Although, the visibility of the social enterprise across Europe has risen and there is an honest interest in its development, there is, however, still much work to do to improve awareness, recognition and understanding of its models and value creation. From the European Union it is emphasized that citizens, civil society and social enterprises must be at the heart of European strategies to promote social cohesion, social inclusion and well-being (EESC, 2014). Indeed, recently, the Commission has also developed a five-pillar strategy intended to increased access to funding and to markets, better framework conditions, foster social innovation and internationalization issues (European Commission [COM], 2020).

The issue is clearly of some importance, as these social entrepreneurship ventures may vary in their business models, ownership structures, legal forms and financing (Zahra & Wright, 2016); it is therefore very appropriate to expand the existing knowledge in order to contribute to a better understanding of the concept and to delve into the differentiating aspects of this particular type of organization. Certainly, we consider this work particularly timely, because the current trend in the majority of economies is conceding greater importance to the social economy sector. Thus different countries are developing initiatives in terms of legal forms, new financing sources and other issues to foster the development of new ventures of social entrepreneurship.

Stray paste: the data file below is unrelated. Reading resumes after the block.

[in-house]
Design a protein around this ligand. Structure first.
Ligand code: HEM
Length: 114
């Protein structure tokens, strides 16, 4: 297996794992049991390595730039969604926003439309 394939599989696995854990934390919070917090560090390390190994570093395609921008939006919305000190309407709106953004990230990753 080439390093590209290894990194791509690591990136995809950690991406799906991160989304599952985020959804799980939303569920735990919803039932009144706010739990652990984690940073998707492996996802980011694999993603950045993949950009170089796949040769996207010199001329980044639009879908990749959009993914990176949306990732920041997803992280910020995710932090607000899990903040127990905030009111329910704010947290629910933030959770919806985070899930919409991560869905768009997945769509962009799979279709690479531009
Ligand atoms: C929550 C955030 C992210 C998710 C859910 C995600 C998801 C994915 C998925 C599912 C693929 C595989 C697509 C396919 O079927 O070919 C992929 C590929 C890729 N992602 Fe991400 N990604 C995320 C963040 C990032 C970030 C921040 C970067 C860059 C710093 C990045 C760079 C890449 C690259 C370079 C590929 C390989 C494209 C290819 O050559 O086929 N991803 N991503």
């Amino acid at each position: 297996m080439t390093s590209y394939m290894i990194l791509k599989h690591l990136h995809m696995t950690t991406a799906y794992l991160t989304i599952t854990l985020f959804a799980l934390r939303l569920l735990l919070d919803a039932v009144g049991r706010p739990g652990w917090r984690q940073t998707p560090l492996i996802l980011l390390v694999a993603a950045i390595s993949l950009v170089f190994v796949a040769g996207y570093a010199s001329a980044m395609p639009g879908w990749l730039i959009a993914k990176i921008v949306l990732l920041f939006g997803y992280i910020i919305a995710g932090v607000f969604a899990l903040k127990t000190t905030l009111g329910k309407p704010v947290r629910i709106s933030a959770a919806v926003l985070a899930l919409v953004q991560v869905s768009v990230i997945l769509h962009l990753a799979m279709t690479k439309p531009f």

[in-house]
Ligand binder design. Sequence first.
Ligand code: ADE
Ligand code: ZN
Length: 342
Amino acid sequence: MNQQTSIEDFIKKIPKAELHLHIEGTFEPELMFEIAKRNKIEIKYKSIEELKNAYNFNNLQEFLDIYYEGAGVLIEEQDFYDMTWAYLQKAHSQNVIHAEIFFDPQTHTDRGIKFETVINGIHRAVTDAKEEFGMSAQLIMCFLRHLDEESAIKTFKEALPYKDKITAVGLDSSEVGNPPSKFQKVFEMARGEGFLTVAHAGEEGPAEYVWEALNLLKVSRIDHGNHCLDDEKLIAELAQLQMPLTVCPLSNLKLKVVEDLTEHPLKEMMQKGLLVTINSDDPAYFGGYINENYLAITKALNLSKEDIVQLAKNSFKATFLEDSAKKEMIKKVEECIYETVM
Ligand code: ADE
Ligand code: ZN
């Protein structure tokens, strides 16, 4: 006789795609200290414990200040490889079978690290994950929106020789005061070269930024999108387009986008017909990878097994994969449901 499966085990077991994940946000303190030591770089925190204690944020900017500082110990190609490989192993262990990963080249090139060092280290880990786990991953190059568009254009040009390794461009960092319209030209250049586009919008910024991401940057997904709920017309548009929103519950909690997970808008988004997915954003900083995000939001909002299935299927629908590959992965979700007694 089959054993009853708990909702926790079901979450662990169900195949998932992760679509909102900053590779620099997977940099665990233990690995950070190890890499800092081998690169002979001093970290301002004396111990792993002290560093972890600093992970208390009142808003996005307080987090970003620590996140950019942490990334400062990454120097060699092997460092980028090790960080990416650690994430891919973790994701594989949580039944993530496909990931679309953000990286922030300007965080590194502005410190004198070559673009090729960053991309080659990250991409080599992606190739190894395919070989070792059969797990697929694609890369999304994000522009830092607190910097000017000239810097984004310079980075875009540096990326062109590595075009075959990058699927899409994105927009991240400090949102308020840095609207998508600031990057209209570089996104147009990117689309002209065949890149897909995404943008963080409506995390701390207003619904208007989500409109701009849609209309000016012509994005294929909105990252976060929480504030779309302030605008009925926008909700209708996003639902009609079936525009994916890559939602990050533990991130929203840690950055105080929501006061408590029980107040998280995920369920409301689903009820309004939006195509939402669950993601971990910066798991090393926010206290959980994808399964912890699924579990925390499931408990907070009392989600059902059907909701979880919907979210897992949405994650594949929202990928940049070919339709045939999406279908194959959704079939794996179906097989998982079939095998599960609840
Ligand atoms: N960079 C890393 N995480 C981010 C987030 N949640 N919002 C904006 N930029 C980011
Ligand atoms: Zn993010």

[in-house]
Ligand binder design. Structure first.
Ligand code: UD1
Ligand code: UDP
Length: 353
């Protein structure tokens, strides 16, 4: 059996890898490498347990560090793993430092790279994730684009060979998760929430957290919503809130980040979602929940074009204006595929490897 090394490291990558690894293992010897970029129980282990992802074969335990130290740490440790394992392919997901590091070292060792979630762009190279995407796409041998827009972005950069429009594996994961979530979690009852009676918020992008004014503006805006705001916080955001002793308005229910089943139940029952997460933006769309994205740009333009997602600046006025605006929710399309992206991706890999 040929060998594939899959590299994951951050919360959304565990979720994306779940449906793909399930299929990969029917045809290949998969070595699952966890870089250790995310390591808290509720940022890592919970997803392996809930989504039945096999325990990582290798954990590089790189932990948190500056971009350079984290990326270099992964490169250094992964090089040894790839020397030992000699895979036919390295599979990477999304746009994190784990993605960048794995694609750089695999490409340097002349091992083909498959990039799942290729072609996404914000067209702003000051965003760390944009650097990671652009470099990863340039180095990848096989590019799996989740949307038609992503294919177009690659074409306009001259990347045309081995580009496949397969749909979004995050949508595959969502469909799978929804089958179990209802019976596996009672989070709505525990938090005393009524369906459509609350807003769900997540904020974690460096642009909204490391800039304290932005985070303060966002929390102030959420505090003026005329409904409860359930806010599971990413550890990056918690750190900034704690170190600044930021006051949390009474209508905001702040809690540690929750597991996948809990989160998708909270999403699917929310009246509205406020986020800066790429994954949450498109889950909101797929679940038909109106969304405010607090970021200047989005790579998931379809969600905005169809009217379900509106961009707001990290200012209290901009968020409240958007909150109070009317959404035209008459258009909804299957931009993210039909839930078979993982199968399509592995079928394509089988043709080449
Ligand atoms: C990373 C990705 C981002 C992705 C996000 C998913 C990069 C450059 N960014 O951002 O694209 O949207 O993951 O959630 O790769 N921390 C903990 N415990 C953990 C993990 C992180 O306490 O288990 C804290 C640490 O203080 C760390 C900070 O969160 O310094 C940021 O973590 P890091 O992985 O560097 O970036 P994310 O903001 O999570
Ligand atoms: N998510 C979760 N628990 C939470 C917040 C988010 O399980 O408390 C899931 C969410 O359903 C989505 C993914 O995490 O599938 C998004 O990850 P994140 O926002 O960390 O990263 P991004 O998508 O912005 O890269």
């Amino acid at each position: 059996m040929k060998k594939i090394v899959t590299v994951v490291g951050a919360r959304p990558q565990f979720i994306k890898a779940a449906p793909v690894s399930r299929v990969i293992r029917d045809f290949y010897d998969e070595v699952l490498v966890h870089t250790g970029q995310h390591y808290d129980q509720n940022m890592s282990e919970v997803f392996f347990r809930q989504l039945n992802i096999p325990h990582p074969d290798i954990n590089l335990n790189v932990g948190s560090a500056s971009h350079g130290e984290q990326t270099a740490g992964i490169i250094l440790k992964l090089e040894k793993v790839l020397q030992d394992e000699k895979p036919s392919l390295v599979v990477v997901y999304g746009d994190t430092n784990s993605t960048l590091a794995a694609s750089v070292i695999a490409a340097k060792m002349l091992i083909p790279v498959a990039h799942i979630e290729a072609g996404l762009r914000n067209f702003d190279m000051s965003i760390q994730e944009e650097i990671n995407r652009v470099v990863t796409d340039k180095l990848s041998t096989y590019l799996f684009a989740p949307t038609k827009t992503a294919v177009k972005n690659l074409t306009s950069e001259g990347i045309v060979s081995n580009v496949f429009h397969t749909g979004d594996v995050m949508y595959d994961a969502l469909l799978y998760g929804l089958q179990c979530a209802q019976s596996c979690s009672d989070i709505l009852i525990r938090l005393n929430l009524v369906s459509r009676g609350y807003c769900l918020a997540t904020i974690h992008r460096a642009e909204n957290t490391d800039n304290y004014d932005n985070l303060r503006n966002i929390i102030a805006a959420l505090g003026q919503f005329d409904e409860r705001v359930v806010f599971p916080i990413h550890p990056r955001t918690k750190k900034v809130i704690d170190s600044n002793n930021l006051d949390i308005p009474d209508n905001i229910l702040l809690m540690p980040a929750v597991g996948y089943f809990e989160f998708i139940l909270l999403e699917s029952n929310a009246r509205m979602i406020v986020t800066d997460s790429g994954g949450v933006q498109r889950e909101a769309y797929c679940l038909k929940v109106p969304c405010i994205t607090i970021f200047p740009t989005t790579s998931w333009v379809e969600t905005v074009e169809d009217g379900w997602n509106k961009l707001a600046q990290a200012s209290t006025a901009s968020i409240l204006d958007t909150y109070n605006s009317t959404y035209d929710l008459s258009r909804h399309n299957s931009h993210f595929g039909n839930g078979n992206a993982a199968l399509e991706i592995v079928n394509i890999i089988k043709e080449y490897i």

The objectives of this chapter are:

  • To know the dimensions of the third sector as a framework for social entrepreneurship.

  • To present the new paradigms related to the social economy.

  • To understand the concept of social entrepreneurship and social enterprise.

  • To identify the financial alternatives available for nascent social entrepreneurs.

  • To understand the relationship between social enterprise and corporate social responsibility.

To achieve these objectives, the chapter is organized as follows: first, the concept of the third sector is presented, distinguishing between the different approaches according to the entities that comprise it and showing the new notions related to the concept. Next, the basis of social entrepreneurship and social enterprise are presented; the financial frameworks are exposed, as well as its relation to corporate social responsibility (CSR). We finish the chapter including solutions and recommendations, future research directions and the main conclusions.

Key Terms in this Chapter